HARTFORD, Conn. (WTNH)– Connecticut’s the first state in the nation to require Black and Latino Studies Curriculum. Now, lawmakers want to see Asian American Studies included.

Discrimination against Asian Americans spiked during the coronavirus pandemic and that’s why lawmakers are pushing for this right now.

“Asian Pacific Americans are often invisible in that discussion,” said Attorney General William Tong.

Connecticut’s first Asian American Attorney General says this country has a history of injustices against Asian Pacific Americans.

“But then of course President Trump started using terms like the “China Virus” calling it the “Kong Flu,” said Tong.

Asian Pacific Americans have been targeted across the country and in Connecticut recently. A woman was assaulted in Stamford by a store clerk who sprayed her with Lysol. Now, lawmakers are working across the aisle on a bipartisan bill that would require Asian Pacific American history be taught in Connecticut public schools.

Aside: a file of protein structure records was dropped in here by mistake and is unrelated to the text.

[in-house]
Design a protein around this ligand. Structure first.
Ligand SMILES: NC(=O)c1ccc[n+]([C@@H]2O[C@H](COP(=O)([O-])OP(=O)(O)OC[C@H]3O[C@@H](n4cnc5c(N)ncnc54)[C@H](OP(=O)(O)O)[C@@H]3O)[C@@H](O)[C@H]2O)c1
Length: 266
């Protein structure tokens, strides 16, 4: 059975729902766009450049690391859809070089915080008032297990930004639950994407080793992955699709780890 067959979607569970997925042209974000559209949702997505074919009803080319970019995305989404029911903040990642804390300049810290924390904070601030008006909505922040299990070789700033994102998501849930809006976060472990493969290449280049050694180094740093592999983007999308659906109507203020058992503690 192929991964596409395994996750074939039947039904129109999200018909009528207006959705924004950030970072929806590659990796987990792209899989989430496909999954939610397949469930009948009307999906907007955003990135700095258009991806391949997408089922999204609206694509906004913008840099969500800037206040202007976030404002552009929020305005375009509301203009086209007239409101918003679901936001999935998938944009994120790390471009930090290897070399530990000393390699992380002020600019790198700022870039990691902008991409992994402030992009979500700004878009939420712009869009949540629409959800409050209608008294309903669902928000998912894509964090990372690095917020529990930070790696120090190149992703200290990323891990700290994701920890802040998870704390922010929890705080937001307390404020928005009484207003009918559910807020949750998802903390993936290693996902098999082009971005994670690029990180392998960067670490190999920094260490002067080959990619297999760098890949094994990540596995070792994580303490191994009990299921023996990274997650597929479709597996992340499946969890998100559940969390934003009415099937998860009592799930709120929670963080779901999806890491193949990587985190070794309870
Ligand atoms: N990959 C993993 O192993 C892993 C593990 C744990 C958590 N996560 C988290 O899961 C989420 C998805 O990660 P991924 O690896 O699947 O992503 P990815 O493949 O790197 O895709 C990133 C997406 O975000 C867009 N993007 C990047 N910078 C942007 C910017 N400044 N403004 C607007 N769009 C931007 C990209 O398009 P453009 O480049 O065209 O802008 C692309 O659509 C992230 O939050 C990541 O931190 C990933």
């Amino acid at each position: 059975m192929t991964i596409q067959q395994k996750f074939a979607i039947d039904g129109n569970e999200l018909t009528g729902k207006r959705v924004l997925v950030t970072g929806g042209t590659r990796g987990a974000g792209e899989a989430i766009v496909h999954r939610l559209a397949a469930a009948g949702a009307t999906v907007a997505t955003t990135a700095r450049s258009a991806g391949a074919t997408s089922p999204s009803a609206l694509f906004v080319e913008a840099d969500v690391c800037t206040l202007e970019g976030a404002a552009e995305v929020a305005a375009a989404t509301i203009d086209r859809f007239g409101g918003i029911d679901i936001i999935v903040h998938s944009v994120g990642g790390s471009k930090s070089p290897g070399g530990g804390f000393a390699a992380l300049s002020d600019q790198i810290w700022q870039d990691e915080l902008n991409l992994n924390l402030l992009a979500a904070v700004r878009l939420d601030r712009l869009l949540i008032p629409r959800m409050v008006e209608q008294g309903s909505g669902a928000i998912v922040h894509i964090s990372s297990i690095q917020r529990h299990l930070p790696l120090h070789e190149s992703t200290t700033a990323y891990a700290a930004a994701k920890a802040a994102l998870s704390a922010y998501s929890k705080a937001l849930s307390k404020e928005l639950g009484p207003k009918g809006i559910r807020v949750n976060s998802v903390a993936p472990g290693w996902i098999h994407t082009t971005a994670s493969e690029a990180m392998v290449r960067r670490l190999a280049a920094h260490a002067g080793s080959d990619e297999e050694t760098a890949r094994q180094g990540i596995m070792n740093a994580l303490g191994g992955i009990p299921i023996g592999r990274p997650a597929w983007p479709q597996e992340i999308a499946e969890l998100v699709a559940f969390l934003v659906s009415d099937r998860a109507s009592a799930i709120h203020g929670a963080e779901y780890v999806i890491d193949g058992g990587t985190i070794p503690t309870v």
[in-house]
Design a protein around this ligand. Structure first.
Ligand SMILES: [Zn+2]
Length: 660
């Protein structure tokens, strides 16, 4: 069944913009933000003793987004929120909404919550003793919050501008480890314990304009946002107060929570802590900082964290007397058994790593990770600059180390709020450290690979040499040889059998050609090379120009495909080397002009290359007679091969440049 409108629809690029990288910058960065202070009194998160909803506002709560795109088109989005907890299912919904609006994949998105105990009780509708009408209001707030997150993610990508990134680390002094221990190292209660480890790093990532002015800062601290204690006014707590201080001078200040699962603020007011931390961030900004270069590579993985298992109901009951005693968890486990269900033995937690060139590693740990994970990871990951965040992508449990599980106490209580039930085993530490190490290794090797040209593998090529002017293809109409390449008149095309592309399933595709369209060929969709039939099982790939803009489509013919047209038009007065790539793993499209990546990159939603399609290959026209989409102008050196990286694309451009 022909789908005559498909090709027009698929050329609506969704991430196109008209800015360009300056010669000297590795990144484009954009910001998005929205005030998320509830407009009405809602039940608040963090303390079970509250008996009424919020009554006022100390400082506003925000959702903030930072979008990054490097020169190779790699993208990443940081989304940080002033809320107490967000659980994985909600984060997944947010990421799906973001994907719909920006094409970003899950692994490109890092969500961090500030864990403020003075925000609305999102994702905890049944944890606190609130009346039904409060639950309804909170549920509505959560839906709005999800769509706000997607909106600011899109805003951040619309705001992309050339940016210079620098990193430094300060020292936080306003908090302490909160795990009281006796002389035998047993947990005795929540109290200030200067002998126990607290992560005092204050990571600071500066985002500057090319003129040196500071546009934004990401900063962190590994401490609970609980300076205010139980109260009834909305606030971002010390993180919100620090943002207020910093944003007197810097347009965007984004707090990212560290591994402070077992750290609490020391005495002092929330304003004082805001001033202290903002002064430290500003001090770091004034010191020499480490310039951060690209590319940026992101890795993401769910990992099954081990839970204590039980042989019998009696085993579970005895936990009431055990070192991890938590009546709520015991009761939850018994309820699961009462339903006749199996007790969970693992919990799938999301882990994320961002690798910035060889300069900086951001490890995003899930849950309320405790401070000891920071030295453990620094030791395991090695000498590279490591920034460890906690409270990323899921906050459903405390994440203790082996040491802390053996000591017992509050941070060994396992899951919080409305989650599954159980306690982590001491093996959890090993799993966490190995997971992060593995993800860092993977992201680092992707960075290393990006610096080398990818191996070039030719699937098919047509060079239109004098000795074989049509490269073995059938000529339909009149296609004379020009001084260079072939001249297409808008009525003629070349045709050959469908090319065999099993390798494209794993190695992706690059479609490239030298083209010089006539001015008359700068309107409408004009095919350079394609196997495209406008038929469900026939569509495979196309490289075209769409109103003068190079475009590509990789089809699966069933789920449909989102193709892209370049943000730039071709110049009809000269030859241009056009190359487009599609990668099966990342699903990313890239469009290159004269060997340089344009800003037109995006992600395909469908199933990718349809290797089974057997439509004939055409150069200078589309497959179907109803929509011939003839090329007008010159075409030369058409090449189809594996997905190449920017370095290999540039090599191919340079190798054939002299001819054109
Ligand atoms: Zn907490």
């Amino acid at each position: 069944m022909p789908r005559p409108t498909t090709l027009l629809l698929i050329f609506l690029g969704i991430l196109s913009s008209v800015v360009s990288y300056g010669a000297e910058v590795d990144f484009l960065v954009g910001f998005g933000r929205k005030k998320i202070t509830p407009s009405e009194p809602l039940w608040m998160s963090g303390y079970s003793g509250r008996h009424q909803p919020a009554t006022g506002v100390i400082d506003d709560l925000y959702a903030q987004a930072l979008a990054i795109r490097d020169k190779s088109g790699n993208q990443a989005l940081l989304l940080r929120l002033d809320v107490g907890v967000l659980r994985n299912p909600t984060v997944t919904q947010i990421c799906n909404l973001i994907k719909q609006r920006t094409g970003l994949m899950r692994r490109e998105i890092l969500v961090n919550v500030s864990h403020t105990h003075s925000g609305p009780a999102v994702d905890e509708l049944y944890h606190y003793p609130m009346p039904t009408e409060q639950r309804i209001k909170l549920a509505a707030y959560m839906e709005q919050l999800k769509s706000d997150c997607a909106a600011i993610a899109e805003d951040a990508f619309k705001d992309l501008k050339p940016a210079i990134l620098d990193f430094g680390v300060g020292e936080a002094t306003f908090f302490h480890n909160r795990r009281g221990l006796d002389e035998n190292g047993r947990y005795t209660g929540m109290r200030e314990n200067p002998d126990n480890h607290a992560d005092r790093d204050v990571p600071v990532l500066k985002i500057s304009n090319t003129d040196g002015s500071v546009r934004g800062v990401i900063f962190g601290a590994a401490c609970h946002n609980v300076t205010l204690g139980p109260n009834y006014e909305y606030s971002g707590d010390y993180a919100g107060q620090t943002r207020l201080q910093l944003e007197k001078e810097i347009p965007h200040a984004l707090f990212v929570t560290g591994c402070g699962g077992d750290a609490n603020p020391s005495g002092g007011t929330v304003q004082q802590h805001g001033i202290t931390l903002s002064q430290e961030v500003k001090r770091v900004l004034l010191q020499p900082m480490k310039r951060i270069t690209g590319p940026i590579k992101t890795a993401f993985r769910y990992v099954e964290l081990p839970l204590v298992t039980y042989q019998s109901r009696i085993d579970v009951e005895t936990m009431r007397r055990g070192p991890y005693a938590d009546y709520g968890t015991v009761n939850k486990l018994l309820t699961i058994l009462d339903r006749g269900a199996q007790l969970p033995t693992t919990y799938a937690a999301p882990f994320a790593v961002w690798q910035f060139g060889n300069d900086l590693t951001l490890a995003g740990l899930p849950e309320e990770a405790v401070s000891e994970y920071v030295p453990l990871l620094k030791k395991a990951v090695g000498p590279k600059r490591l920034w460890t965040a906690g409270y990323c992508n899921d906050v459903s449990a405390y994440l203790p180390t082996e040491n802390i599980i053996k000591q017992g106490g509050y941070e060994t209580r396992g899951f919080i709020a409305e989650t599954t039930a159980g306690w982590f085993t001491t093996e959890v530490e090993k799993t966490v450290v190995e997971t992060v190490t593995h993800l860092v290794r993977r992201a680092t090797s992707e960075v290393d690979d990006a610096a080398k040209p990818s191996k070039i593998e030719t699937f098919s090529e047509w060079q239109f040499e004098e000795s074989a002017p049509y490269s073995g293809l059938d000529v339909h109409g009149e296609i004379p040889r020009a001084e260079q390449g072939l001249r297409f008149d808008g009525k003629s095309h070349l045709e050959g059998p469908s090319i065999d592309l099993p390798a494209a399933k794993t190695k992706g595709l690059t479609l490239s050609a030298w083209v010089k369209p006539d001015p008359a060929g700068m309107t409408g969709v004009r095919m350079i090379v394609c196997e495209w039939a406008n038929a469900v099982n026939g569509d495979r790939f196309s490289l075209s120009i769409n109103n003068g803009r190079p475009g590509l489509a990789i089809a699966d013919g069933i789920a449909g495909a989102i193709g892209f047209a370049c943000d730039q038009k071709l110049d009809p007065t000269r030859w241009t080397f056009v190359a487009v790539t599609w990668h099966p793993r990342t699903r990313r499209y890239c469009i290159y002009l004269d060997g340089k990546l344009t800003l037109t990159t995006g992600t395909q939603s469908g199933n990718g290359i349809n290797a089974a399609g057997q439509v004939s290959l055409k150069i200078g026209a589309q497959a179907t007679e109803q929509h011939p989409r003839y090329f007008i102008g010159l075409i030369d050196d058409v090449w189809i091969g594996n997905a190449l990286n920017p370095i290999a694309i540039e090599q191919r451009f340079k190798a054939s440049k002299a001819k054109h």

“We can inform. We can raise awareness. I think it’s a sense of empowerment rather than victimization,” said State Sen. Tony Hwang, R, Fairfield.

State Senator Tony Hwang wrote his college thesis on one of the most egregious acts. When Japanese Americans were forced into internment camps.

“We can raise people’s awareness of the impact of Asian pacific Americans. Since the Transcontinental Pacific Railroad,” said Hwang.

Connecticut’s Asian American leaders say they have felt invisible at times. This bill would be one step towards ensuring curriculum is inclusive.

“The history of Joseph Pierce. A Chinese American with a not Chinese-sounding name who fought for the union during the civil war from Meriden,” said Tong. “Or Yung Wing the first Chinese student who came to study at Yale University. That’s Connecticut’s rich history.”

Lawmakers say this bill would benefit everyone. They say this is a history that has been written out of the books.